Welcome to the Kansas City Research Institute

Donor Stories

Making Kansas City Better for the Next Generation

Dick and Sue Bond want to leave a legacy to future generations. But they want that legacy to be more than just money. They want to give the gift of giving. To make their charitable dream a reality, the former president of the Kansas Senate and his wife turned to the Greater Kansas City Community Foundation.

"We started by setting up the Dick and Sue Bond Family Foundation Fund in 1999," Dick said. "And then we set up a fund for our grandchildren. This will be more valuable to them than a direct inheritance." The Bonds' idea inspired the Community Foundation to expand its offerings to future generations of charitable givers. "Children and grandchildren can learn philanthropic values at any age," said Dick.

Doing More Than Just Wishing for Health and Happiness

The hopes and dreams behind every coin tossed into a fountain on the Country Club Plaza live on because the coins are donated to the Plaza Fountain Fund for Children's Mercy Hospital at the Greater Kansas City Community Foundation. It is a tradition that picked up momentum more than two decades ago.

"The Plaza had seven filling stations and Miller replaced them with fountains in 1985," said Jeannette Nichols, widow of Miller Nichols who founded the fund. "He didn't think too much about people putting coins into the fountains, but when they did he wanted to give the money to Children's Mercy Hospital. He always had a great affinity for it."

Miller Nichols hoped that these coins could provide seed money for an endowment for Children's Mercy Hospital, and he approached the Community Foundation confident that his wishes would be carried out beyond his lifetime. Indeed, the Plaza Fountain Fund will continue to memorialize the wishes of its founder.

A Century of Serving Poor and Needy Children

In the early years of the 20th century, Jacob Loose and his brother, Joseph, built the Loose-Wiles Biscuit Company, marketed as Sunshine Biscuits, into one of the nation's largest producers of cookies and crackers.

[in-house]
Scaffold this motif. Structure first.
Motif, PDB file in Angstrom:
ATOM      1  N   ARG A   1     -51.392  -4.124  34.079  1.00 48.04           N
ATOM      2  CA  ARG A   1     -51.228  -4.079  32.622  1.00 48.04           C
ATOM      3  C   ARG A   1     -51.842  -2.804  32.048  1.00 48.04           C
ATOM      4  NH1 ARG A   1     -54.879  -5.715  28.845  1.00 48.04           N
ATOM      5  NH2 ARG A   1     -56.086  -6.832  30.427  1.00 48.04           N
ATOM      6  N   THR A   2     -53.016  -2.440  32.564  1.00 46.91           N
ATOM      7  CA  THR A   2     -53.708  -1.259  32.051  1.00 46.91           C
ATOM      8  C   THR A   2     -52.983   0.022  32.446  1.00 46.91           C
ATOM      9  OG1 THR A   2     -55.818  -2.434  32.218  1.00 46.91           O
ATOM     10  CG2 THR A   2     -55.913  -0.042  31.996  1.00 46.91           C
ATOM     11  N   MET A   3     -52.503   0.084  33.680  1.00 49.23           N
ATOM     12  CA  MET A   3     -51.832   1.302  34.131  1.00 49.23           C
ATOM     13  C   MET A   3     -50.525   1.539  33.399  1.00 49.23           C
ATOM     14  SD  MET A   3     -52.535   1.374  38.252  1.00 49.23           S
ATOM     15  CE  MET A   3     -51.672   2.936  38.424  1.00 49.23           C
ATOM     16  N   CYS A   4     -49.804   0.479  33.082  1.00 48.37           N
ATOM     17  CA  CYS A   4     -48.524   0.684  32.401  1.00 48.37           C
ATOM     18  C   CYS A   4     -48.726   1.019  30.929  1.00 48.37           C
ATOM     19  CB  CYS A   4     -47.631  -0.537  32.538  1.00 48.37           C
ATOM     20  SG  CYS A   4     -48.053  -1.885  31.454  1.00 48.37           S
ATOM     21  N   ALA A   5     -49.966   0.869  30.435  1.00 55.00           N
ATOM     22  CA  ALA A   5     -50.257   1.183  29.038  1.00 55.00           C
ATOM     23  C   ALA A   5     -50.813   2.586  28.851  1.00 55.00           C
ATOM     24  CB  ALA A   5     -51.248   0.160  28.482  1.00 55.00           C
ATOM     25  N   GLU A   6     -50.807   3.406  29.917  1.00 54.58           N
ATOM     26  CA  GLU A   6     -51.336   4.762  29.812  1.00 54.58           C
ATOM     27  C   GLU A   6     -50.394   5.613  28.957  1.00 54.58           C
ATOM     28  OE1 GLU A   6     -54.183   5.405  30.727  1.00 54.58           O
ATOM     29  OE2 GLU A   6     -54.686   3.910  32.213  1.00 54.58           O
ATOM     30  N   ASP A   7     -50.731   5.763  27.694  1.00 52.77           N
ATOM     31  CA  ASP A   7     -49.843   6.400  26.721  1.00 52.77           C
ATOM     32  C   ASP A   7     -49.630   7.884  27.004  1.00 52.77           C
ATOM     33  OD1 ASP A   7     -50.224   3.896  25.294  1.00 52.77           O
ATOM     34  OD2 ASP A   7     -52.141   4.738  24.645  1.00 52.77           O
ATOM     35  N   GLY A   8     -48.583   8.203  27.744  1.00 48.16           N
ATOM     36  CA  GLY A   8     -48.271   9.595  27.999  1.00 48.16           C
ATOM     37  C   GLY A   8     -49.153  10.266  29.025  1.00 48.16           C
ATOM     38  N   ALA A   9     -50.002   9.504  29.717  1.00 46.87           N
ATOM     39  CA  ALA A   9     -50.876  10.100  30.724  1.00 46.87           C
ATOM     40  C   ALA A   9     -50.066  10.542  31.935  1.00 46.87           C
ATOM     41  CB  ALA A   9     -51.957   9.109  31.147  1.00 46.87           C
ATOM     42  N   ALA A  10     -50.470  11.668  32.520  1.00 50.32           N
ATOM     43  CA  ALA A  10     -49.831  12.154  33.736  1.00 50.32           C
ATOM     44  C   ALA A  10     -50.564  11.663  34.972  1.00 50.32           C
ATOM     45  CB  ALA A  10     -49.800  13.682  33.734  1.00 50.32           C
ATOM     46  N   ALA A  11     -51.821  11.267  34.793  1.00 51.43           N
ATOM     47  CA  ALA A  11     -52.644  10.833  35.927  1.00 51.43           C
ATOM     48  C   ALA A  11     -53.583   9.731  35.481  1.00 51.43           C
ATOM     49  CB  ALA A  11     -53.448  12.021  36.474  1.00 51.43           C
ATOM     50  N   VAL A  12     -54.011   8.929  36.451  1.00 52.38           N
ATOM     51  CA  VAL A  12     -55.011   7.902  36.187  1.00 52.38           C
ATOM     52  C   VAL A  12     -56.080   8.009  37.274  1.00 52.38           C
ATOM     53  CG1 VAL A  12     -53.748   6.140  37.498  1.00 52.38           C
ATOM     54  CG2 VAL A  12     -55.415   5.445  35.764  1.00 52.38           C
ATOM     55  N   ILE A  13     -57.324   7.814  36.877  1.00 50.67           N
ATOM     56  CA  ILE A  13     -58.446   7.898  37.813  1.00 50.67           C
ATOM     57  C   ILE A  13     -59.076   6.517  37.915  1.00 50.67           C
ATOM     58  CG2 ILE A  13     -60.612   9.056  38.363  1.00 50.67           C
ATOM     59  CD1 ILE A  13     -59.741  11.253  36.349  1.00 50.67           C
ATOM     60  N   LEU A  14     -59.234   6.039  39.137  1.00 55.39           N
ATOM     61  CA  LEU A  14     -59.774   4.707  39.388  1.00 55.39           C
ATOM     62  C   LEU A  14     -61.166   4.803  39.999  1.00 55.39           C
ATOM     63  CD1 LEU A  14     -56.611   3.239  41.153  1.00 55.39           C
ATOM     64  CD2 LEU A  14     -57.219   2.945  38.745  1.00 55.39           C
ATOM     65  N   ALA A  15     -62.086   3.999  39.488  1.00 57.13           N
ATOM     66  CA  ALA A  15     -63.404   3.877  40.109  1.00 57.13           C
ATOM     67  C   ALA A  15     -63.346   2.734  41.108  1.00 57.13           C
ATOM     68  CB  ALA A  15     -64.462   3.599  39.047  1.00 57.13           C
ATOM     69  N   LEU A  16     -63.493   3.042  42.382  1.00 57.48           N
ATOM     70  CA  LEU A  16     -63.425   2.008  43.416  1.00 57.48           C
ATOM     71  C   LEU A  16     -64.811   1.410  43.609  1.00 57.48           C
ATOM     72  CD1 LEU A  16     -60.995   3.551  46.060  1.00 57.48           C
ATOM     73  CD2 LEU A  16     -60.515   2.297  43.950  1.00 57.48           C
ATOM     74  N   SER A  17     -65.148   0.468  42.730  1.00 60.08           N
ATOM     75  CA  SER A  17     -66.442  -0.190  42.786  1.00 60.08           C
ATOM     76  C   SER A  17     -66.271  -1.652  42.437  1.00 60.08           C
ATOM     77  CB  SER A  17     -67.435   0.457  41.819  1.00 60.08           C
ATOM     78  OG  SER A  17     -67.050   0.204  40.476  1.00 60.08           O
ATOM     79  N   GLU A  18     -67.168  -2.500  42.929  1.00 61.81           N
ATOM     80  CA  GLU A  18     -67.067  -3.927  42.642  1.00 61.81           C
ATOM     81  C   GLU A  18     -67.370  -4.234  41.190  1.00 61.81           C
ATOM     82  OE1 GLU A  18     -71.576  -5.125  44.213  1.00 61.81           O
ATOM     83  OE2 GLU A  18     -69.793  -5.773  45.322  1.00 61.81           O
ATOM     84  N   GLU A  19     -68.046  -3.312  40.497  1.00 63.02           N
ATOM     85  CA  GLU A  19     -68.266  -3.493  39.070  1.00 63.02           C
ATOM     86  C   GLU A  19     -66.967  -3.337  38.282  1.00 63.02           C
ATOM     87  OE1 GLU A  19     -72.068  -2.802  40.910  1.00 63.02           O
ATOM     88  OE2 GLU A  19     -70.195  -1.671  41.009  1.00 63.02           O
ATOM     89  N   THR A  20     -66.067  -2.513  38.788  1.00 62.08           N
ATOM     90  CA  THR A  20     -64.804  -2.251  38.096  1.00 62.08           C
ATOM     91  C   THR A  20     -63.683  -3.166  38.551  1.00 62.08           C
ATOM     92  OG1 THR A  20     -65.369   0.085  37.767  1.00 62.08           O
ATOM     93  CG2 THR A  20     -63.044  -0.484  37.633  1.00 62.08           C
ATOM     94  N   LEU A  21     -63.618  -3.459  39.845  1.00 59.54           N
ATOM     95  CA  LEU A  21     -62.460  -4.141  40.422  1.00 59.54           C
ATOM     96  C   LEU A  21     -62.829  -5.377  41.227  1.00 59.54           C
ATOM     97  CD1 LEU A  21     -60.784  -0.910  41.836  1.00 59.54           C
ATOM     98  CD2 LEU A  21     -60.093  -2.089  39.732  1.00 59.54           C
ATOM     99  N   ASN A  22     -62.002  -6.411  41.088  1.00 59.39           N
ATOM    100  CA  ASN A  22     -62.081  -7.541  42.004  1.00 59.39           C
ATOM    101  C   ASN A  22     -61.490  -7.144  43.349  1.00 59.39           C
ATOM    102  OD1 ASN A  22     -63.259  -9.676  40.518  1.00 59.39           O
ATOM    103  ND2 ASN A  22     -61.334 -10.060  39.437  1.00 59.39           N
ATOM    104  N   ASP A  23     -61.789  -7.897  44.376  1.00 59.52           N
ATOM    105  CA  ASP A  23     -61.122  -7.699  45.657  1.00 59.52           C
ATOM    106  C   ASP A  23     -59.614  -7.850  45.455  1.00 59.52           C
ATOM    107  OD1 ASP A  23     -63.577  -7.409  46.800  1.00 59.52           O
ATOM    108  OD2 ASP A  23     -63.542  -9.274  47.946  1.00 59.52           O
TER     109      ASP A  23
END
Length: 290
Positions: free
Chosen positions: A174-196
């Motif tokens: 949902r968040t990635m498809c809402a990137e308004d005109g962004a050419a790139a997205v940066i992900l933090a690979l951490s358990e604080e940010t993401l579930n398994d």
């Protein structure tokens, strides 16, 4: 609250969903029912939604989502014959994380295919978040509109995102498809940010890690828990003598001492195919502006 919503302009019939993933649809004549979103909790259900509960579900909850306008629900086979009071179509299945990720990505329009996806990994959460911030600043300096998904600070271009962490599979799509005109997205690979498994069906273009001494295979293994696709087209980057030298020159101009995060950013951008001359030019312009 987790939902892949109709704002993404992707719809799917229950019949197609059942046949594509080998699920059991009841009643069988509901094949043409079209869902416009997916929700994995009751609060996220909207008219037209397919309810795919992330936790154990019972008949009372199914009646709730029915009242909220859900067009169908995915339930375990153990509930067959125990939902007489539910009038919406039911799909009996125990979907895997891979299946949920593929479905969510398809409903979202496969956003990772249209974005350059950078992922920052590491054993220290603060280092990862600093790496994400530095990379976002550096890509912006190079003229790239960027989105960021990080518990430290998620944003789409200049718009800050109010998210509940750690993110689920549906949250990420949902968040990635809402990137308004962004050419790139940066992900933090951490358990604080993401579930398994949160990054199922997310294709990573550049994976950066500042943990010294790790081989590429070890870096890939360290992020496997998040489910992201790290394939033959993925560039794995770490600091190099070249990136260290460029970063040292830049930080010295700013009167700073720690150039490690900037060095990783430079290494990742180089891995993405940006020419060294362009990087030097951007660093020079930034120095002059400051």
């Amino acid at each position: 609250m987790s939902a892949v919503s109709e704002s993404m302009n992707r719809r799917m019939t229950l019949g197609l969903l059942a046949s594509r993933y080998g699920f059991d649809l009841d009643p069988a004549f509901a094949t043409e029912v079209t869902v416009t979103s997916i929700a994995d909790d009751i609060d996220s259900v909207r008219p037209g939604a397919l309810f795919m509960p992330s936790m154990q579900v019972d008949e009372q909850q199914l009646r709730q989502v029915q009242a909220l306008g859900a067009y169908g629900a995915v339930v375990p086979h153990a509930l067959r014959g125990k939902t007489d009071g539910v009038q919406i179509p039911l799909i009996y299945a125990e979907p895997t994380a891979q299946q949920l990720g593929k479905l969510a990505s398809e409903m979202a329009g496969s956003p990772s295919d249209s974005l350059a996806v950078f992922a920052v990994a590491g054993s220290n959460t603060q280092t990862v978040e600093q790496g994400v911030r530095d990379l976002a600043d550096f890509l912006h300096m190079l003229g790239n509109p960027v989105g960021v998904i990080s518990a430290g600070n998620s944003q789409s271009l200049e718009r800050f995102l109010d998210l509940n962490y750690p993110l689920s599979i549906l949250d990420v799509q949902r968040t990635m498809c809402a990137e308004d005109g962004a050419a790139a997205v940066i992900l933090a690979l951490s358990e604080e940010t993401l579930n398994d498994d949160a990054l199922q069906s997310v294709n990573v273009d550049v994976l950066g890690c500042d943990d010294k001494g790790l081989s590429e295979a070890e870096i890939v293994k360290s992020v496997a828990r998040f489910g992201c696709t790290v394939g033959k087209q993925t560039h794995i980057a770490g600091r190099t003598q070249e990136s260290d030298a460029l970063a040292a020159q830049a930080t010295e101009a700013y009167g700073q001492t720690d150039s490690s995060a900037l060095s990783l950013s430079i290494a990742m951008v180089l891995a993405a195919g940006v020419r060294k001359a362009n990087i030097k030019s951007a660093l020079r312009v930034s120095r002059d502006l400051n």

Following the deaths of their two infant children, Jacob and his wife, Ella, became passionate about supporting poor and needy children and families in Kansas City.

When Jacob passed away in 1923, his estate established the Jacob Loose Million Dollar Charity Fund Association. It was Kansas City's first $1 million foundation, and it was housed at the First National Bank. Then, the Jacob L. and Ella C. Loose Foundation Fund was established in 1989 at the Greater Kansas City Community Foundation to carry out the work of the charitable trust.

From 1920 to 1940, this foundation provided thousands of children with pasteurized milk and ice. As children's needs evolve, the Loose Foundation, with assistance from the Community Foundation, adapts the foundation's grant making strategies to best meet the intent of the original donors.

Fulfilling Dreams Through Charitable Giving

Our founders believed that philanthropy is the opportunity and responsibility of everyone, not just a few. Having begun in 1978 with just seven people and a couple hundred dollars, the Foundation has grown to more than $3 billion in assets, spread among more than 3,500 funds dedicated to the causes that are important to the individuals, families and businesses who established them.

Now in the top 1 percent of community foundations in the country, and with over $3 billion in grants distributed since inception, the Community Foundation works side by side with Kansas City's donors to fulfill community dreams through the power of giving.

"Thirty years of charitable giving is truly a milestone to celebrate," said Tom Bloch, past chair of the Greater Kansas City Community Foundation's board of directors. "We are grateful to our donors for their deep commitment to improving our region's quality of life. It's what the Community Foundation is all about: more giving, smarter investments, a better Kansas City."

Giving Blog

An Evening at the...

More than 100,000 gallons of saltwater filters through a large pump room every 30 minutes beneath the Helzberg Penguin Plaza at the Kansas City Zoo to keep the nearly 70 birds on exhibit hap...

READ MORE

The Role of...

The word “rural” can be hard to define. For many, the word conjures up images of rolling hills and vast farmland, tiny towns steeped in deep history and tradition. For some, it might mea...

READ MORE

Northland Donors Gather...

For more than two decades, philanthropists, volunteers and community leaders have gathered every year to celebrate the hard work and dedication of the Northland Community Foundation and its ...

READ MORE